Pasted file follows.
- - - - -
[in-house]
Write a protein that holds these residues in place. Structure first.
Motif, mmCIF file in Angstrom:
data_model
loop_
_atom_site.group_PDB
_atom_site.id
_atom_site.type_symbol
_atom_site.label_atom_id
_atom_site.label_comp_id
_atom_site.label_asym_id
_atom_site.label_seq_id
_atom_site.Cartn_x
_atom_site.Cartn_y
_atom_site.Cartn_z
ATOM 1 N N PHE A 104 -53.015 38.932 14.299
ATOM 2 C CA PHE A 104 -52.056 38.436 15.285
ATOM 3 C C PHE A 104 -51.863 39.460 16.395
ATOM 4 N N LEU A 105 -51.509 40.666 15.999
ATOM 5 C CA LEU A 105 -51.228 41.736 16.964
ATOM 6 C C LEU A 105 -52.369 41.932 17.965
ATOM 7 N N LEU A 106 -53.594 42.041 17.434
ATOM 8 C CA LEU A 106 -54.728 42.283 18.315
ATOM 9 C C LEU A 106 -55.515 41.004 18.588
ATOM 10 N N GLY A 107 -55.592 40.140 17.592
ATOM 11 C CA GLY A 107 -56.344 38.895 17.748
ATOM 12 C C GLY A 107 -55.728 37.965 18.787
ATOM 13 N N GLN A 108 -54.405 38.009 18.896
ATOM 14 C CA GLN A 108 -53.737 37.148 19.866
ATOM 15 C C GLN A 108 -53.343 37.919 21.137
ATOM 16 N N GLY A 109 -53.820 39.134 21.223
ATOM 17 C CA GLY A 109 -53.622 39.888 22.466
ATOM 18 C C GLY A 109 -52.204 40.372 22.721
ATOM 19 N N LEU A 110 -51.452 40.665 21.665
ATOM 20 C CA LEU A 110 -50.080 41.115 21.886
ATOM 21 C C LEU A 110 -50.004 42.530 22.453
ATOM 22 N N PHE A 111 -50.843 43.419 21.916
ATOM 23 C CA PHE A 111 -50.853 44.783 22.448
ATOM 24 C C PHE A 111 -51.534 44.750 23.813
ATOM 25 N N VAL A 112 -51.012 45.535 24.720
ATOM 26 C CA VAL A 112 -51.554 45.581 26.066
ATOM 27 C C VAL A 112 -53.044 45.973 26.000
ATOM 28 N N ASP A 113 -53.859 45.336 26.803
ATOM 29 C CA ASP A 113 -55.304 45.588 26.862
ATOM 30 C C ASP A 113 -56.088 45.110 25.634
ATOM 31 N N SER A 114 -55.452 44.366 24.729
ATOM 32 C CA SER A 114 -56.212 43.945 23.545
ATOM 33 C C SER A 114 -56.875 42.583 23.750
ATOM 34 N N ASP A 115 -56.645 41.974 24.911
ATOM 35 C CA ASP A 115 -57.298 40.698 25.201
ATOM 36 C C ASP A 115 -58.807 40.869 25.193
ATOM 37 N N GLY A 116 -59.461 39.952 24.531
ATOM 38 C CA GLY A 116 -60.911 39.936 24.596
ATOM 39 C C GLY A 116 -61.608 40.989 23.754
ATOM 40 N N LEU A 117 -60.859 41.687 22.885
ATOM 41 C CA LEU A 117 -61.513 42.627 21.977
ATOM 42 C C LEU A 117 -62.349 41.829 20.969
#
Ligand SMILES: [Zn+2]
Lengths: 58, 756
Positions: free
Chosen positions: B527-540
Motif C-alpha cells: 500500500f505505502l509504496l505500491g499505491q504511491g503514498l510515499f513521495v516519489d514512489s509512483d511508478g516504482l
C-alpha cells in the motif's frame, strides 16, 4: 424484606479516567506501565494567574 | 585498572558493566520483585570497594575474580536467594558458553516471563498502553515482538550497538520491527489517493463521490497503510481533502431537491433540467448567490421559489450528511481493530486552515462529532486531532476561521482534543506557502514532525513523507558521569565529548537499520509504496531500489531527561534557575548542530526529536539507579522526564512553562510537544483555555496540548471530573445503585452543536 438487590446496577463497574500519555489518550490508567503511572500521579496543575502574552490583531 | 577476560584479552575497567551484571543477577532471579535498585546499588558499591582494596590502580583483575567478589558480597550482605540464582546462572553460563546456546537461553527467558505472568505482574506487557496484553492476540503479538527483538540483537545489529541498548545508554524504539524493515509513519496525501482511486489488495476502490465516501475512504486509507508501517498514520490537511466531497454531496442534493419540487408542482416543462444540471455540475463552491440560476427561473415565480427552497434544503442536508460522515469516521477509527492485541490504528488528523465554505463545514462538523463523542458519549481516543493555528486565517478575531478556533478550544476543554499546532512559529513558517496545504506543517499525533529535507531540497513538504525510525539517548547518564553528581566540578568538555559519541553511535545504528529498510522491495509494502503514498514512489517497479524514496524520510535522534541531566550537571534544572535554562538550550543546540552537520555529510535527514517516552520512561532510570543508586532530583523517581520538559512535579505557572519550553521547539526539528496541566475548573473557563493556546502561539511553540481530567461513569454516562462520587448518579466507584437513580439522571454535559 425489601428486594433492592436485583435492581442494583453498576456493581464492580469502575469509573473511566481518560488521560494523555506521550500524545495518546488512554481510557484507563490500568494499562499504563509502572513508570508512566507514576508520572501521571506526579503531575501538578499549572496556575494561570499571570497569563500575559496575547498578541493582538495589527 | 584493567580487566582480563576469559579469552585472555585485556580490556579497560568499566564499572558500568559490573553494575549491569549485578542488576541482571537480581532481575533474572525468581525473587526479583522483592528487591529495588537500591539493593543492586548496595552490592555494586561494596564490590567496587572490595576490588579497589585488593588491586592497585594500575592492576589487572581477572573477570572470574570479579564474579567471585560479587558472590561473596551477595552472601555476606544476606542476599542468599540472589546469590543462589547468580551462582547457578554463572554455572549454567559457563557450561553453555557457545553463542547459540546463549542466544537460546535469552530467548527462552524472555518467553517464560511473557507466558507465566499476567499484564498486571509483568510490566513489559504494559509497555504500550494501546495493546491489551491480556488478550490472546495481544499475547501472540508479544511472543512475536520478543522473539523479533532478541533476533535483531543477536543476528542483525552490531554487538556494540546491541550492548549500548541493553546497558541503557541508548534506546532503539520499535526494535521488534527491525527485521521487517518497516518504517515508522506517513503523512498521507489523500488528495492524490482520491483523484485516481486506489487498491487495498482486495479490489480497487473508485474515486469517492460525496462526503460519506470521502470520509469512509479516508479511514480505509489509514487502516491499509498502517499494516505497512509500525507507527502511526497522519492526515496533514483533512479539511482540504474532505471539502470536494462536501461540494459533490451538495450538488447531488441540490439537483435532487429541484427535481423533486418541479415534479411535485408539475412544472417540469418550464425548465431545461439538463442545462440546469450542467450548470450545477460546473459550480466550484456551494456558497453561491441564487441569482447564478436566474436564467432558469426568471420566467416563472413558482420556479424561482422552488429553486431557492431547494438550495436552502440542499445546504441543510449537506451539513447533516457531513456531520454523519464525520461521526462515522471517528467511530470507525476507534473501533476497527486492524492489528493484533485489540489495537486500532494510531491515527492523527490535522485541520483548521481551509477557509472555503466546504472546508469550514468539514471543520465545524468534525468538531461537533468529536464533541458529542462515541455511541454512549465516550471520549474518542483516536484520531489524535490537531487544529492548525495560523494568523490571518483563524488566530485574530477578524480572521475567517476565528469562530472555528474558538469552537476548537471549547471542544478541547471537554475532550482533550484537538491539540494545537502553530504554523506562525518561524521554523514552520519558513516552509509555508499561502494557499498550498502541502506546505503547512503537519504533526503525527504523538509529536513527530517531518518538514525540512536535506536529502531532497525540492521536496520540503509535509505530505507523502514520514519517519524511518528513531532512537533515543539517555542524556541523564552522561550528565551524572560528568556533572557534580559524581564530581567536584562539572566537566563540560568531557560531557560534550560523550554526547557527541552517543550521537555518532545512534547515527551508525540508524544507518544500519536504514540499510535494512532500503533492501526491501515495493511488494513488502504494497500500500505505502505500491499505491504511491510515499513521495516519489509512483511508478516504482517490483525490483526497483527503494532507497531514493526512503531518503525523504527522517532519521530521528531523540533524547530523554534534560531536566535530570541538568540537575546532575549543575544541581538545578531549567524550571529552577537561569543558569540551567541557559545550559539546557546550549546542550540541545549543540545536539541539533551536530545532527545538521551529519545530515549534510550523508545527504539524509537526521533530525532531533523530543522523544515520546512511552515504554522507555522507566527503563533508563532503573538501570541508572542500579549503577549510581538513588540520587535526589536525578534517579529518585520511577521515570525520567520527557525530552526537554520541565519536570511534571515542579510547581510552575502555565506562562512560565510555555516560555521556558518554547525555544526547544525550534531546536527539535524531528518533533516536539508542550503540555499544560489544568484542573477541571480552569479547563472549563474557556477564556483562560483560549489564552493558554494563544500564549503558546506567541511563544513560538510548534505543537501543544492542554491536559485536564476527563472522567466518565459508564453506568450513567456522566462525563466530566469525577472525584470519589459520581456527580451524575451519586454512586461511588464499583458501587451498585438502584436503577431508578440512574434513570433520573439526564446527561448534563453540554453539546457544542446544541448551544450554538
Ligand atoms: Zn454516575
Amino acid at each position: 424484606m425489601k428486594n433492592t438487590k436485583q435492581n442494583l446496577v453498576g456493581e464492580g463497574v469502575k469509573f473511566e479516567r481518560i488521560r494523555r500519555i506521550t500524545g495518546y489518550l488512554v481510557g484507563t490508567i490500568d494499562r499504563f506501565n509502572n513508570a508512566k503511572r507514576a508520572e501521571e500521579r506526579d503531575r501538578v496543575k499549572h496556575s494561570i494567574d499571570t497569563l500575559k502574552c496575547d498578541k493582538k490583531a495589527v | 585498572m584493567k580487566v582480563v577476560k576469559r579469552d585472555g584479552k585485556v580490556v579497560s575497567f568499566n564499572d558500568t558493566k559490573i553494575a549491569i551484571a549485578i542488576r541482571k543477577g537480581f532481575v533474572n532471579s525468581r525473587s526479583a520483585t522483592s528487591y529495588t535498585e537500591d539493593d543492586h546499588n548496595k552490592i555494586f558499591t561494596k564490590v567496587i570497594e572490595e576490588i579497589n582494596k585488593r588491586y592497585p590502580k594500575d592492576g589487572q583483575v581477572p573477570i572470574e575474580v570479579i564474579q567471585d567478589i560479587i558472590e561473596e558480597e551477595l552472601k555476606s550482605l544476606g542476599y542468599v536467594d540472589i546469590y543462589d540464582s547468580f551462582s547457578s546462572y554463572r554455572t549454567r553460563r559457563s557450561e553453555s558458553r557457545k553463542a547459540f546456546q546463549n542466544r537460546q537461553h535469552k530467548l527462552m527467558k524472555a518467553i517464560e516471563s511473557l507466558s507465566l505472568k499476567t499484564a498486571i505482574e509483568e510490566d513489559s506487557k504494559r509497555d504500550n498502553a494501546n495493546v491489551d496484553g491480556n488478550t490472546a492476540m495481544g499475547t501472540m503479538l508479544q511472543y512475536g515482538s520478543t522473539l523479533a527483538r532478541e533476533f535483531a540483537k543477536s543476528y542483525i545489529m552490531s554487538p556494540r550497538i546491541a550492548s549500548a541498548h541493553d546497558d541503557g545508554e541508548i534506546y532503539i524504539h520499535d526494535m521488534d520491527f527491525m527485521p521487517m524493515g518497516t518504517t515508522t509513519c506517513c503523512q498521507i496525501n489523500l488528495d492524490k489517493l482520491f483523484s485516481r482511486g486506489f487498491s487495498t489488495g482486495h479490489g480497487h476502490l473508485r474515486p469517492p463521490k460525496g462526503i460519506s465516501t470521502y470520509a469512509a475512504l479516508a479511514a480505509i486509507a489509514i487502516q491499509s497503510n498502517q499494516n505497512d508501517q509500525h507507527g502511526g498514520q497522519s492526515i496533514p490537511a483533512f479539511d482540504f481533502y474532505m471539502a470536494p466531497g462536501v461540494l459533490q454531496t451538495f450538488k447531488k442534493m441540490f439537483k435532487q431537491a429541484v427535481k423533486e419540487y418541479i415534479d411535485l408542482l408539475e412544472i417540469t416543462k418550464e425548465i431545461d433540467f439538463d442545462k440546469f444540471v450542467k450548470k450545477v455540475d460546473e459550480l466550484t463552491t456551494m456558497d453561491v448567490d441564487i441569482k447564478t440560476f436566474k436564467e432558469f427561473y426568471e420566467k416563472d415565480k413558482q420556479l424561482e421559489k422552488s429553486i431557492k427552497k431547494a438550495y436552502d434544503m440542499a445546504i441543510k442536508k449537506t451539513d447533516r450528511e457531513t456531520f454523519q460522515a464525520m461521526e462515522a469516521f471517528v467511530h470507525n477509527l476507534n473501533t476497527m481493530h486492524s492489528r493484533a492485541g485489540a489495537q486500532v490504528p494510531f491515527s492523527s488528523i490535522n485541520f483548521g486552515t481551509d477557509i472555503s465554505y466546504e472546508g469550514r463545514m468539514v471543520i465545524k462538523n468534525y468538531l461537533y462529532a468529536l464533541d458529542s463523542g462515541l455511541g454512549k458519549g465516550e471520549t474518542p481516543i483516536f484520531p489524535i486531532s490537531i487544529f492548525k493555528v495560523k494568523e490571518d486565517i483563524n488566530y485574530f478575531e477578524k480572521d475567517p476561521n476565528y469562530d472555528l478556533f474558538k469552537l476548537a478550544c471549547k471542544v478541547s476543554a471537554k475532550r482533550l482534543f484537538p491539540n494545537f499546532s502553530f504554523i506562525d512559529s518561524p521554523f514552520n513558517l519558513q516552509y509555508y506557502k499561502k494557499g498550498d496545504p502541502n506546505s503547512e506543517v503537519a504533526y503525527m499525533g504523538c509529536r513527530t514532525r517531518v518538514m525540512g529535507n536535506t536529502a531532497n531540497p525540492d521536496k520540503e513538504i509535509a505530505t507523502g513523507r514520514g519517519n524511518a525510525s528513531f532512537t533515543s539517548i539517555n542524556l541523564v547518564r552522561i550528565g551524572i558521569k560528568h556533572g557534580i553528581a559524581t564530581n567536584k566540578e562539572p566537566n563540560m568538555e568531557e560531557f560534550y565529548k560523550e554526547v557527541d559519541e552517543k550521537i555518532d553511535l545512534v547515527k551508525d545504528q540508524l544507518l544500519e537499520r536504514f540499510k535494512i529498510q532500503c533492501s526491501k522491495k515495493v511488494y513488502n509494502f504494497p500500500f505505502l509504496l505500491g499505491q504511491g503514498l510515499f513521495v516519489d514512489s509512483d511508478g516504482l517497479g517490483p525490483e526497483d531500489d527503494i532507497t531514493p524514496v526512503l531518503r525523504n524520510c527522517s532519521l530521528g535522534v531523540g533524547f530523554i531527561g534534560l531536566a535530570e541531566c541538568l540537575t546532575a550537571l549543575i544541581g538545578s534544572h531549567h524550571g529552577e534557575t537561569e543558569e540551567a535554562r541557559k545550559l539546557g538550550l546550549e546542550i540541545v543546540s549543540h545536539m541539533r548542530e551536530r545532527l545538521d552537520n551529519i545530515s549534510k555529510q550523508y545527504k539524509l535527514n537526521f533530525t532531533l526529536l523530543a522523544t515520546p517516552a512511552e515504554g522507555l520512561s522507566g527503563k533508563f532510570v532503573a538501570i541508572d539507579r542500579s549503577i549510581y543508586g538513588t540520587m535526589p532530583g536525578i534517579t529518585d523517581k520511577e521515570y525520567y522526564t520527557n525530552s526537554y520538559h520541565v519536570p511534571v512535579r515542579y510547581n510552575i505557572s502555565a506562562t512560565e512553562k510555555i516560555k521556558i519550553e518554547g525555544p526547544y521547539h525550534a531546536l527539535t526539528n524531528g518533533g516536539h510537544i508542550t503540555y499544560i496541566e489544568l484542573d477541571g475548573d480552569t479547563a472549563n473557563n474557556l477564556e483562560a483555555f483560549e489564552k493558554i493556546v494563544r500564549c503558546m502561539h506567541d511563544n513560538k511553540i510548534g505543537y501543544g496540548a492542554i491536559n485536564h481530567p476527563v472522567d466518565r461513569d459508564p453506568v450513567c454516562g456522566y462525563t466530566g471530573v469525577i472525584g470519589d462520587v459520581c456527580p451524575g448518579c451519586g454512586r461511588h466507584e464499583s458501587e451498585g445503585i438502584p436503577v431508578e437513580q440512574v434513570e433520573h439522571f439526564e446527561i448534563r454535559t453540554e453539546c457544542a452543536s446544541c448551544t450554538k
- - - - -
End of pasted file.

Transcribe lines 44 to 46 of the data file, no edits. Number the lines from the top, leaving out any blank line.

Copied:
ATOM 29 C CA ASP A 113 -55.304 45.588 26.862
ATOM 30 C C ASP A 113 -56.088 45.110 25.634
ATOM 31 N N SER A 114 -55.452 44.366 24.729